In a nutshell SCH80 Skew Tee, it refers to basket ball competitions between scores of teams that usually takes place during the month of March. It is also sometimes known as Big Dance.
When these competitions get underway, basket ball fever grips players and sports lovers alike. This championship is conducted by NCAA or the National Collegiate Athletic Association. In fact, March Madness is a registered trademark by NCAA. The tournament is based on single elimination principle and is normally help each spring and is characterized by the thump of basket balls and the roaring of the crowds. Millions of fans watch avidly with bated breaths as this event unfolds.
March Madness traces its origins to Illinois from 1908 when it was a small affair sponsored by Illinois High School Association through invitations. Various high school boys' basket ball teams participated in this annual tournament. From those humble origins, the event grew to a statewide institution engulfing 900 schools in the competition in the late 1930s. In fact, there were several teams known as "sweet sixteen" that became popular attracting sellout crowds.
Interestingly, all this transpired before professional teams gained a foot hold in the nation. Even more surprising is the fact, this was all before television and still gripped the average fan. Obviously, the basket ball fever had transformed itself into epidemic proportions!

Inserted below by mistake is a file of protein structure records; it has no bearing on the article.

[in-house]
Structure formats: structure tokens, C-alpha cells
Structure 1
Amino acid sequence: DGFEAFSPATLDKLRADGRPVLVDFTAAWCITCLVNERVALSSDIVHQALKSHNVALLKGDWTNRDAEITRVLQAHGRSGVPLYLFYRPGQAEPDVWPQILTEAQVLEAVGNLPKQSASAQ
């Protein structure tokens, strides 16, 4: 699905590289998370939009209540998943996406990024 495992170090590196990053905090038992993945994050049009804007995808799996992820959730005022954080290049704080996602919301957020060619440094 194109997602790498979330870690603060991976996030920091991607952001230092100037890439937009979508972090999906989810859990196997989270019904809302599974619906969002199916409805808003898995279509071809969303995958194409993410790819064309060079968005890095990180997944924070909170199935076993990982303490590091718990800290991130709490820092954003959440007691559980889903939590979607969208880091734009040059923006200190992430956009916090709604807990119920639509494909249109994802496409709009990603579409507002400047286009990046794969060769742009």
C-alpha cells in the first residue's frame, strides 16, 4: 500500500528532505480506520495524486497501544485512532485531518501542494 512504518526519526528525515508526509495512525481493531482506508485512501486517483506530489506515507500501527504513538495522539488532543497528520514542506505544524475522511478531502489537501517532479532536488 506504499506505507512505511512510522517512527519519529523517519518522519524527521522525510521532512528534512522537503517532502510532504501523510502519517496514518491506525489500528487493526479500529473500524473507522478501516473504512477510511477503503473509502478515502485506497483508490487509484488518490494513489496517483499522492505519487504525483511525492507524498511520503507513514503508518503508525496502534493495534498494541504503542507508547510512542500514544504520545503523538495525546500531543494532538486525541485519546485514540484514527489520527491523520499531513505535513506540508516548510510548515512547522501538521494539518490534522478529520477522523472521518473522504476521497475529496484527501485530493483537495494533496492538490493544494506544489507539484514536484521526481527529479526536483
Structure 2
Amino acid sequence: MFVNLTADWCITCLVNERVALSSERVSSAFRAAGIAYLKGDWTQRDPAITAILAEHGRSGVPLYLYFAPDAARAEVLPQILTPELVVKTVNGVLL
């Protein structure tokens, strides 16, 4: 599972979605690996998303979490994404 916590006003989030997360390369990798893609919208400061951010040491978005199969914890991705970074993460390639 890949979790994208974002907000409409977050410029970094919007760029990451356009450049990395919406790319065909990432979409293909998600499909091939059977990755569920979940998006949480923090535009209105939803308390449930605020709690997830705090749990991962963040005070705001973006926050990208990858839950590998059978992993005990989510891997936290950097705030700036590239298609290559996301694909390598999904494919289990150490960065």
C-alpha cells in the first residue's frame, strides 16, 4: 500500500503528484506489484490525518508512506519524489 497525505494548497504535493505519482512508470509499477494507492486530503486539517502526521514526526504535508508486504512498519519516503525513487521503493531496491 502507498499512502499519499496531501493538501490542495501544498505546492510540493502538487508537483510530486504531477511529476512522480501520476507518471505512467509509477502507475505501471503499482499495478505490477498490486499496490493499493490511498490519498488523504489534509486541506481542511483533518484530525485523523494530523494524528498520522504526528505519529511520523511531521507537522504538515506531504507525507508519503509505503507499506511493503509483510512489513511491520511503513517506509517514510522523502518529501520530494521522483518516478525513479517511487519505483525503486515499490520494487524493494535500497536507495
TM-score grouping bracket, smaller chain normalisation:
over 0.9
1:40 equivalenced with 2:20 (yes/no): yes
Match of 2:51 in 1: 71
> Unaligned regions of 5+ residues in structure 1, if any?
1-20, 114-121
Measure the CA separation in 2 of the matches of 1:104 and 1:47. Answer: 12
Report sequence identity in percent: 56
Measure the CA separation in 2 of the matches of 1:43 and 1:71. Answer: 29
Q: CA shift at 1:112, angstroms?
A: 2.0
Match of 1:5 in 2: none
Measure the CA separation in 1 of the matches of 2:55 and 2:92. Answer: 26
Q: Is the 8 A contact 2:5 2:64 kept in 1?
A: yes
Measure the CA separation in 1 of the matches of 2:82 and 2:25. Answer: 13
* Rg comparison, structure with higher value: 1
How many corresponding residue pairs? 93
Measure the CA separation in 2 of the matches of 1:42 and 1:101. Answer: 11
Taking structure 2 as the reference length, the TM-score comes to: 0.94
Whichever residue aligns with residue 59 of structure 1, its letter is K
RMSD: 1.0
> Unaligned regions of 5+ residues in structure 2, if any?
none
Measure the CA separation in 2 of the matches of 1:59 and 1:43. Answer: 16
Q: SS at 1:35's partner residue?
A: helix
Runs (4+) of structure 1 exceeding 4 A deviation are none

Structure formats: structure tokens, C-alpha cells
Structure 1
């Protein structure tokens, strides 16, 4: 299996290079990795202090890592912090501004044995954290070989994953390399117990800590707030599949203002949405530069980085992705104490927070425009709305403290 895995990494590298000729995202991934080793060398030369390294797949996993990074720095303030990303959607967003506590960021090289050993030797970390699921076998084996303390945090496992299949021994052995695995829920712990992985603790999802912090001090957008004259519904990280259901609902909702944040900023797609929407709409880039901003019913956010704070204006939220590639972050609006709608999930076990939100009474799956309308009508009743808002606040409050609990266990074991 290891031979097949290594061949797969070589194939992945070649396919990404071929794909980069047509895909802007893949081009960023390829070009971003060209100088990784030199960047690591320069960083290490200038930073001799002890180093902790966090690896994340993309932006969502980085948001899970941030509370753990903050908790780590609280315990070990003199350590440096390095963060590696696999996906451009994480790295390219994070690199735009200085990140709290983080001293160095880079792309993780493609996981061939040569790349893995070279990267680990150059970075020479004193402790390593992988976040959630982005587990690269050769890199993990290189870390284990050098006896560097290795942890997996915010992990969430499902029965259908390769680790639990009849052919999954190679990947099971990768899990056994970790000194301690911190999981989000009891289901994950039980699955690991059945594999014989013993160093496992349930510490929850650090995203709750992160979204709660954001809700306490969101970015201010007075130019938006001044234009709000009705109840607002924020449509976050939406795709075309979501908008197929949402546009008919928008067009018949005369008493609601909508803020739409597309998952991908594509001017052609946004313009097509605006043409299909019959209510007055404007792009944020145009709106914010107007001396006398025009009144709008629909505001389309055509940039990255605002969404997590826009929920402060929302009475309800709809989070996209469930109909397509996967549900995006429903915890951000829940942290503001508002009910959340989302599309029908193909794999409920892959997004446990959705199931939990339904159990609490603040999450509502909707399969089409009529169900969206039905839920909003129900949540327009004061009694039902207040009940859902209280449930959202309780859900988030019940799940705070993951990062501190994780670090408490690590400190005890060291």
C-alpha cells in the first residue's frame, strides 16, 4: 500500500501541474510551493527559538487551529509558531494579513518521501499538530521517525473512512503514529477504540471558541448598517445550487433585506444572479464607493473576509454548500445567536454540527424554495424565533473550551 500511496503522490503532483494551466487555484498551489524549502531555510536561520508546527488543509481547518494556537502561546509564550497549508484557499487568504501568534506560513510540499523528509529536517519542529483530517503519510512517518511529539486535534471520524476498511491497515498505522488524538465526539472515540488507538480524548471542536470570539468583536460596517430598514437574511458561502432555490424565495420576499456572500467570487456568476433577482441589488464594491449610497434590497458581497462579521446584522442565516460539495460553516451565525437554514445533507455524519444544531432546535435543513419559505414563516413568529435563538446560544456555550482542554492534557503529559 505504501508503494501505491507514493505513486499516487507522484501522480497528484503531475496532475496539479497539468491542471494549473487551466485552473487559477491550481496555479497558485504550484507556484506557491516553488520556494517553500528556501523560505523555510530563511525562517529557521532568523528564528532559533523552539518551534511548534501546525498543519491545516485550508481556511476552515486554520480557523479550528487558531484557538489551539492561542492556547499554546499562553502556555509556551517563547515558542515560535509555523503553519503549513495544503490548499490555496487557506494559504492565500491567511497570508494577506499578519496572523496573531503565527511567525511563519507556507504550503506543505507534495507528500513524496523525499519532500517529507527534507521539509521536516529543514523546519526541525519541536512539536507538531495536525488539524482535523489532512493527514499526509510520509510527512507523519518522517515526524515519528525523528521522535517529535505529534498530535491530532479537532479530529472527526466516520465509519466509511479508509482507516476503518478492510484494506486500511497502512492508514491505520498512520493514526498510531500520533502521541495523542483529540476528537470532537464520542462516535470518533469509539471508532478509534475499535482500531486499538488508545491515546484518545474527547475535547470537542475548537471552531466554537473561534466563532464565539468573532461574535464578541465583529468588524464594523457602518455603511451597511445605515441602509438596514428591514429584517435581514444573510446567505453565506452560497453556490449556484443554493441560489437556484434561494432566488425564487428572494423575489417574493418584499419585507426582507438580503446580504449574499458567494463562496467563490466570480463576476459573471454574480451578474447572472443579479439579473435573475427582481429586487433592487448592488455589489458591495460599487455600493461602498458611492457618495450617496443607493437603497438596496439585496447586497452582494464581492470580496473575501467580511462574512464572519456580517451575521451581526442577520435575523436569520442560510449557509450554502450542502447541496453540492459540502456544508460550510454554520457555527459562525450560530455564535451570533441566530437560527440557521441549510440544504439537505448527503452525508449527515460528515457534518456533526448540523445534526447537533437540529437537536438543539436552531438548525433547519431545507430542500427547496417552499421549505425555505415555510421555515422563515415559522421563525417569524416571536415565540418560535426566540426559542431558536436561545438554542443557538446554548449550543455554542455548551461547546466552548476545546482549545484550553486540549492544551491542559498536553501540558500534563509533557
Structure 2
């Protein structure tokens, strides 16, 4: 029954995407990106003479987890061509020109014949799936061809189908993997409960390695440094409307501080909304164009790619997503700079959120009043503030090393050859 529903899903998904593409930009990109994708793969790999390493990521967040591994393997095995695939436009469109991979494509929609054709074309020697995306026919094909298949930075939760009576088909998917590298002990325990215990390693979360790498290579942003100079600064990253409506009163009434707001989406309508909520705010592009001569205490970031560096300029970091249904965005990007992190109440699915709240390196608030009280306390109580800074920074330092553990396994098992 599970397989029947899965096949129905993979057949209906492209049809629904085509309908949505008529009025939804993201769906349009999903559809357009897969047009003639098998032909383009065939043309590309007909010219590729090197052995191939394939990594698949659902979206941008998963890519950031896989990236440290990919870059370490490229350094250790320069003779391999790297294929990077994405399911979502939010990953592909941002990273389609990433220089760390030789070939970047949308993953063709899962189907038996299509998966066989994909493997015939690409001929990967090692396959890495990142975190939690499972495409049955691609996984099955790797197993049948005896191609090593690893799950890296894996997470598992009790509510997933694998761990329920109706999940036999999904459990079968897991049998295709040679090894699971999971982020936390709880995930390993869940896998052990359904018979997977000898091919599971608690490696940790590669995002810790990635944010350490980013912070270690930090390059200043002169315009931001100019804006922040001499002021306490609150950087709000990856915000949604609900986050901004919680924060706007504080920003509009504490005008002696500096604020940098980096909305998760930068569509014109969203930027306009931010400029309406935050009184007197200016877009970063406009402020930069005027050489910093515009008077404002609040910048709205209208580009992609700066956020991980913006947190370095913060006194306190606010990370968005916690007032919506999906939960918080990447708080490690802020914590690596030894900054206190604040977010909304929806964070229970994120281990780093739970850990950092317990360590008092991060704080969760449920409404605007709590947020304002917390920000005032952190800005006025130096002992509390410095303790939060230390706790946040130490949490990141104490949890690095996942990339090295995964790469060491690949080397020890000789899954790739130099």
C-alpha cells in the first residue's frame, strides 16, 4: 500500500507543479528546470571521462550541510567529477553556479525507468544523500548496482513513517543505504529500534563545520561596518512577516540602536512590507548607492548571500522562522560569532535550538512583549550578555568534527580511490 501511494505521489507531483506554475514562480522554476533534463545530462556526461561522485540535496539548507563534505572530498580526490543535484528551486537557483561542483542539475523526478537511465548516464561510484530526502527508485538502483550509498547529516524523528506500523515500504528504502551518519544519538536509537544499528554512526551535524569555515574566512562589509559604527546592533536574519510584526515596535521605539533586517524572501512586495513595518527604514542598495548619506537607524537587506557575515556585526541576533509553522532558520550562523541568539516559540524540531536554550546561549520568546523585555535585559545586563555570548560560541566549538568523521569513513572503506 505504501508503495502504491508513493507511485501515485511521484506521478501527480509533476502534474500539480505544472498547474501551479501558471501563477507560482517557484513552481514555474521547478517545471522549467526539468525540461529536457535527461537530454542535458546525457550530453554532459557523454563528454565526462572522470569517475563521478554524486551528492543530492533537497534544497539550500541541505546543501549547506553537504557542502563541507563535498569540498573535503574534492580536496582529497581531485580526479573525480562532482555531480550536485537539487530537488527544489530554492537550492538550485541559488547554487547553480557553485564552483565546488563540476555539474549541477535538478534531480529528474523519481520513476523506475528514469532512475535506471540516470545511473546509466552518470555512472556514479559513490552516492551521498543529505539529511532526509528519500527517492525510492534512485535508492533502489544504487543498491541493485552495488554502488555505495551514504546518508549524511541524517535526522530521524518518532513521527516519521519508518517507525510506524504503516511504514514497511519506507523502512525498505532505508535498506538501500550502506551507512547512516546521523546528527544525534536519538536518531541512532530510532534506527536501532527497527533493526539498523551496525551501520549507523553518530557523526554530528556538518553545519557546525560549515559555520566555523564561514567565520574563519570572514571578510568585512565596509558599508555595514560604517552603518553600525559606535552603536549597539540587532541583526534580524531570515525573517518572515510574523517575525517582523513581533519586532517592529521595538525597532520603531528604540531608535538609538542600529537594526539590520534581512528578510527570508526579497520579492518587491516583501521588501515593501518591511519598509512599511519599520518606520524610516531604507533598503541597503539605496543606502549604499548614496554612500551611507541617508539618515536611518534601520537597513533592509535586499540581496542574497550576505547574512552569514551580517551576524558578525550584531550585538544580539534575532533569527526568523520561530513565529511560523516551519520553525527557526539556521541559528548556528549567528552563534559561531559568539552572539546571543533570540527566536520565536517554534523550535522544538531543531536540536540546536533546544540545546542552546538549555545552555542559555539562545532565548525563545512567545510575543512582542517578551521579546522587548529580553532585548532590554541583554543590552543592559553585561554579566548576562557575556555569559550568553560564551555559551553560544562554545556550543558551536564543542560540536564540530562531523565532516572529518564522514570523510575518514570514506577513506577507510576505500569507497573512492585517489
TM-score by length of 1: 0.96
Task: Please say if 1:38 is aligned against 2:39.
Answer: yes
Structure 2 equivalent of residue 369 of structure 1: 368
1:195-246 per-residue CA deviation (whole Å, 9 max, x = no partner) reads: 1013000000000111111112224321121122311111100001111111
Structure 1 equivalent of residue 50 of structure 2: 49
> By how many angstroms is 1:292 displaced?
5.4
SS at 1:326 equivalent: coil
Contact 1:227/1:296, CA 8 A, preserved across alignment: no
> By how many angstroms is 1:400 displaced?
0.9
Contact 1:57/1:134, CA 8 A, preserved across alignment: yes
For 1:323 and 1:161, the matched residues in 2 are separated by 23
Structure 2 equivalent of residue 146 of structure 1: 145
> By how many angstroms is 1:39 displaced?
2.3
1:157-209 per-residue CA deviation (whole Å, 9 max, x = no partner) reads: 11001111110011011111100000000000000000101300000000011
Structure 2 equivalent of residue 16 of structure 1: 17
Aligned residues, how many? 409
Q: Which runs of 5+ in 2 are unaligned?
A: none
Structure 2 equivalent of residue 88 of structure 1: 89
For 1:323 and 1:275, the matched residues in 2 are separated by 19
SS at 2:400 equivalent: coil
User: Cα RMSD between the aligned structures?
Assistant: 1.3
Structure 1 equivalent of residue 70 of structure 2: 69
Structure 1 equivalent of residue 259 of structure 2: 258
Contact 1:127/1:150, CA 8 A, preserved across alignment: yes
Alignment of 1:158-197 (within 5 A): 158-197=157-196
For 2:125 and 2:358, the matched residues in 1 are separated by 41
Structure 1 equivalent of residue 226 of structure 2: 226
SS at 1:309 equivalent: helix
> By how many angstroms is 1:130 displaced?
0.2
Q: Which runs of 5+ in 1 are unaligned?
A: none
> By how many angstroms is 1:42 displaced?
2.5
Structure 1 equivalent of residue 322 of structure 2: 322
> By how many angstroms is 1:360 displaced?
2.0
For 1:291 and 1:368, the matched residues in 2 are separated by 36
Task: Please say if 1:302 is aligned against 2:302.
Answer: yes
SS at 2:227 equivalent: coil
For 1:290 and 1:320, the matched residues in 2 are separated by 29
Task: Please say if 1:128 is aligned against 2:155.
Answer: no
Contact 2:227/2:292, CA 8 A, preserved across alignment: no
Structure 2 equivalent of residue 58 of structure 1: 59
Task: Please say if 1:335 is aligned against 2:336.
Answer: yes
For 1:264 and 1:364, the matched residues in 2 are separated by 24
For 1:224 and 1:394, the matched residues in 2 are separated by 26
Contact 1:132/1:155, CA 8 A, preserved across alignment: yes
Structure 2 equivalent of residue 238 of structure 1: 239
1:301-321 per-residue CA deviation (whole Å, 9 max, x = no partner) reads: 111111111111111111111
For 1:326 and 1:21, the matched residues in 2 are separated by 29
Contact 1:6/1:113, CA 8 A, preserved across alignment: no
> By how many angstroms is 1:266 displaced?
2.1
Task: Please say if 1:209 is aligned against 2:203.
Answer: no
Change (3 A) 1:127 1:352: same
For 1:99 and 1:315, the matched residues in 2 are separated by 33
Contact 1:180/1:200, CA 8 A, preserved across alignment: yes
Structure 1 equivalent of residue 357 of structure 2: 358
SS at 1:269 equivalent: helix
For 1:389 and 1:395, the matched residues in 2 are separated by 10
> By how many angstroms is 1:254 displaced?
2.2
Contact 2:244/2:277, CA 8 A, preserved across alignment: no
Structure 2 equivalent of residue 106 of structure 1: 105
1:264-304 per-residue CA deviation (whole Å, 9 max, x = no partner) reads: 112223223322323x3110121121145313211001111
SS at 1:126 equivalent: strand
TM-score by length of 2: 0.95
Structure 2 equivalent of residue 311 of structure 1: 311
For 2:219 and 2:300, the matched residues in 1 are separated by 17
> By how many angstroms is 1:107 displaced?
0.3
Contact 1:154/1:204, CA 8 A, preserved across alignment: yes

When did the term "March Madness" first appear on paper? Way back in 1939, Henry V. Porter, impressed by this sports fever wrote an essay "March Madness" which appeared in Illinois Interscholastic, an IHSA magazine. Henry Porter was an Assistant Executive Secretary of the Illinois High School Association at that time. Newspapermen caught onto it immediately and used it often in their newspapers. This finally crystallized as a popular event name during the Golden Era of 1940s and 1950s.
In 1973, the IHSA began to use the term "March Madness" officially through its programs and merchandising. Around 1977, an official history of the boys basket ball championship was written by Jim Enright and appeared as "March Madness: The Story of High School Basketball in Illinois". Another publication "March Madness: The Official Video History of the IHSA Basketball Tournament" followed suit in 1989. Both book and video were marketed and sold across the nation. Shortly thereafter, the IHSA trademarked March Madness as "America's Original March Madness."
At present, both NCAA and the IHSA jointly own the registered trademark of March Madness. The term is now often connected with the NCAA popularized largely by Brent Musburger during annual broadcasts of the tournament. Interestingly, in the 1960s, Intersport Inc., had actually trademarked the term before IHSA and NCAA. However, both of them bought it back.
"March Madness" is no longer confined to boys basket ball tournament and has been extended to girl's basket ball championships too by NCAA. The tournaments are regarded now as part of the national psyche that send millions of Americans into a frenzy every year.